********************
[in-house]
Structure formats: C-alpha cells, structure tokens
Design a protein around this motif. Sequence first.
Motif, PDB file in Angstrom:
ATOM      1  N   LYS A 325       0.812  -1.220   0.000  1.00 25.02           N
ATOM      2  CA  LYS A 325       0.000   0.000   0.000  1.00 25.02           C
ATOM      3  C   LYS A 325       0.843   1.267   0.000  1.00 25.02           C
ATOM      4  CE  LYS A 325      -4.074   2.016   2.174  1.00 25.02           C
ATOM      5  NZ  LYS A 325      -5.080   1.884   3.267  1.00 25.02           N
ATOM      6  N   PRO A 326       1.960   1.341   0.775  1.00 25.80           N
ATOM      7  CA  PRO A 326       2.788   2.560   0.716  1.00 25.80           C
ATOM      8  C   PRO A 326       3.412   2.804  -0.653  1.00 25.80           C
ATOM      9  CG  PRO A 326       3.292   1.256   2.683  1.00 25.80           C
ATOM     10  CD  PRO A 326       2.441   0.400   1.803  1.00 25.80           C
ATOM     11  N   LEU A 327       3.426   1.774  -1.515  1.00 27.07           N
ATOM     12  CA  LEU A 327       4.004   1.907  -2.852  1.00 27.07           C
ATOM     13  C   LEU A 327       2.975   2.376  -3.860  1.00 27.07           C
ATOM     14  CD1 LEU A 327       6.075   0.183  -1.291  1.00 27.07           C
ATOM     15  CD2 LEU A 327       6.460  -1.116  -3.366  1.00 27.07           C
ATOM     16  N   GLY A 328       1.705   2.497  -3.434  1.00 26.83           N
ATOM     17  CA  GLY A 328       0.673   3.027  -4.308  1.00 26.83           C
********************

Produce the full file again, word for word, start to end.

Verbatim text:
[in-house]
Structure formats: C-alpha cells, structure tokens
Design a protein around this motif. Sequence first.
Motif, PDB file in Angstrom:
ATOM      1  N   LYS A 325       0.812  -1.220   0.000  1.00 25.02           N
ATOM      2  CA  LYS A 325       0.000   0.000   0.000  1.00 25.02           C
ATOM      3  C   LYS A 325       0.843   1.267   0.000  1.00 25.02           C
ATOM      4  CE  LYS A 325      -4.074   2.016   2.174  1.00 25.02           C
ATOM      5  NZ  LYS A 325      -5.080   1.884   3.267  1.00 25.02           N
ATOM      6  N   PRO A 326       1.960   1.341   0.775  1.00 25.80           N
ATOM      7  CA  PRO A 326       2.788   2.560   0.716  1.00 25.80           C
ATOM      8  C   PRO A 326       3.412   2.804  -0.653  1.00 25.80           C
ATOM      9  CG  PRO A 326       3.292   1.256   2.683  1.00 25.80           C
ATOM     10  CD  PRO A 326       2.441   0.400   1.803  1.00 25.80           C
ATOM     11  N   LEU A 327       3.426   1.774  -1.515  1.00 27.07           N
ATOM     12  CA  LEU A 327       4.004   1.907  -2.852  1.00 27.07           C
ATOM     13  C   LEU A 327       2.975   2.376  -3.860  1.00 27.07           C
ATOM     14  CD1 LEU A 327       6.075   0.183  -1.291  1.00 27.07           C
ATOM     15  CD2 LEU A 327       6.460  -1.116  -3.366  1.00 27.07           C
ATOM     16  N   GLY A 328       1.705   2.497  -3.434  1.00 26.83           N
ATOM     17  CA  GLY A 328       0.673   3.027  -4.308  1.00 26.83           C